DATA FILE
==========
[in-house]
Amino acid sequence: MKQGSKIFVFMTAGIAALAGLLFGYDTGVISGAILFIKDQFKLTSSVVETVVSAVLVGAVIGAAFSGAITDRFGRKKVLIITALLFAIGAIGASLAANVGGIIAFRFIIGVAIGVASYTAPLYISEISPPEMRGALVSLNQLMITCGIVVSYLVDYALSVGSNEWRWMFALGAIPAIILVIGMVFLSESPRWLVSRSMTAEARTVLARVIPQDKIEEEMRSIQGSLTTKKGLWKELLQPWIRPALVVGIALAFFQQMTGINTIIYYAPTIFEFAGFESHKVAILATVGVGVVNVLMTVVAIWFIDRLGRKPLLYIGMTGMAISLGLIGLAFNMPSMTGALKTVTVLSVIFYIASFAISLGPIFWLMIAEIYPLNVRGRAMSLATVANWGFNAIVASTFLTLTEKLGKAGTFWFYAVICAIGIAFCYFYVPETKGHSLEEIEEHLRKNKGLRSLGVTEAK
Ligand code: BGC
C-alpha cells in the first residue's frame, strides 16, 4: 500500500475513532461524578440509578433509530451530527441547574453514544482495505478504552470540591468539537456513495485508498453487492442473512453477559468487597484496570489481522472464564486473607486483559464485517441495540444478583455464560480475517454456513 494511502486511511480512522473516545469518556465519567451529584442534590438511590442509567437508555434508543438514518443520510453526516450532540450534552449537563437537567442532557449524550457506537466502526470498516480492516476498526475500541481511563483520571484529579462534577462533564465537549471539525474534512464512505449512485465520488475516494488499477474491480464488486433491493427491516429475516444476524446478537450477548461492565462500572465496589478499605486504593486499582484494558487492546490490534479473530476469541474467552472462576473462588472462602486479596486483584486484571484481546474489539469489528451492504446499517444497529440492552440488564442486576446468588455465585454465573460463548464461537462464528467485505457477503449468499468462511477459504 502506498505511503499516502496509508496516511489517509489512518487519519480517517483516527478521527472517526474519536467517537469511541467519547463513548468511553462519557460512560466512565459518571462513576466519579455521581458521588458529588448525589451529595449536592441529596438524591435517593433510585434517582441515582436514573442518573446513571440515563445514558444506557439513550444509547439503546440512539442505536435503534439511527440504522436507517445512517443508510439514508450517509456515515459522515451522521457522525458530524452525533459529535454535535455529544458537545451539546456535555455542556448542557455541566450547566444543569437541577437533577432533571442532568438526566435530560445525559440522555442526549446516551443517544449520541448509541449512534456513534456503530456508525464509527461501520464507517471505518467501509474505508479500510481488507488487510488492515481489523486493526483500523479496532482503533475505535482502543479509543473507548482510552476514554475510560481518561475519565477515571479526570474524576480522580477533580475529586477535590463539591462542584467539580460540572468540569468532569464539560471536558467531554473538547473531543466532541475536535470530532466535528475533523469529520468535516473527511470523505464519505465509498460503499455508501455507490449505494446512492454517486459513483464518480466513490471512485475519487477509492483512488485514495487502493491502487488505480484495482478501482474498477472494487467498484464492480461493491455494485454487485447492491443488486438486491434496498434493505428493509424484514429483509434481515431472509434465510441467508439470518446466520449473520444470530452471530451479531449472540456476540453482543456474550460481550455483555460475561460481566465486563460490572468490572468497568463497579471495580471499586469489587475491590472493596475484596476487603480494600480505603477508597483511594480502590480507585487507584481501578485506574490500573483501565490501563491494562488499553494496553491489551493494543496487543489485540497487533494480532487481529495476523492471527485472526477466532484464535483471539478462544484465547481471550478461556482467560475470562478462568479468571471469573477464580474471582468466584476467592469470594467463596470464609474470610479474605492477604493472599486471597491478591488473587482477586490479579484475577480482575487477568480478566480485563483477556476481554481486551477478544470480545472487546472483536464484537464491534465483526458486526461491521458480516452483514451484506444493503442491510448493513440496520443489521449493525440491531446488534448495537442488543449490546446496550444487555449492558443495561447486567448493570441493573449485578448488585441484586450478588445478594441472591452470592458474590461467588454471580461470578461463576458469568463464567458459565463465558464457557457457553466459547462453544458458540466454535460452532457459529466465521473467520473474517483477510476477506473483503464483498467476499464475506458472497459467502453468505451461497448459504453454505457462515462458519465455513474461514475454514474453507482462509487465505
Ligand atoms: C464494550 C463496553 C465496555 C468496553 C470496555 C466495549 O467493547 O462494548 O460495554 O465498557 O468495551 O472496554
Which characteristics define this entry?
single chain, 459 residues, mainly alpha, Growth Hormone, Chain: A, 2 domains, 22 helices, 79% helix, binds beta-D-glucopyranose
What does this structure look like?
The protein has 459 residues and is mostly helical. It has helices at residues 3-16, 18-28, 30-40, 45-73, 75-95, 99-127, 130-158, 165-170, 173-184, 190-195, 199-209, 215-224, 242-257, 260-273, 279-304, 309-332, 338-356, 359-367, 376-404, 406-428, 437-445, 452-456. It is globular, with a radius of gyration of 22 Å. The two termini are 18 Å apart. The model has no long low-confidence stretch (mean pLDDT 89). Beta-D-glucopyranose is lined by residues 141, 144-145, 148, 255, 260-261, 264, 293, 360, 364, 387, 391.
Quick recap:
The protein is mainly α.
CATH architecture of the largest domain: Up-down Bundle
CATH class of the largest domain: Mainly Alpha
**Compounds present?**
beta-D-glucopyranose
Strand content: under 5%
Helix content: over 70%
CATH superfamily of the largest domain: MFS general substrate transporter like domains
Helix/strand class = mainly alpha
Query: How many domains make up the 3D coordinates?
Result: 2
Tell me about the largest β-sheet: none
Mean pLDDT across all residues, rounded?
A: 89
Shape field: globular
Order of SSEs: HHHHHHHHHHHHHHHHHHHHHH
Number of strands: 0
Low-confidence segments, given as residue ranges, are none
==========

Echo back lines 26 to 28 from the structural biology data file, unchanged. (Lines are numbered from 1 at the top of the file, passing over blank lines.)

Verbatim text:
Order of SSEs: HHHHHHHHHHHHHHHHHHHHHH
Number of strands: 0
Low-confidence segments, given as residue ranges, are none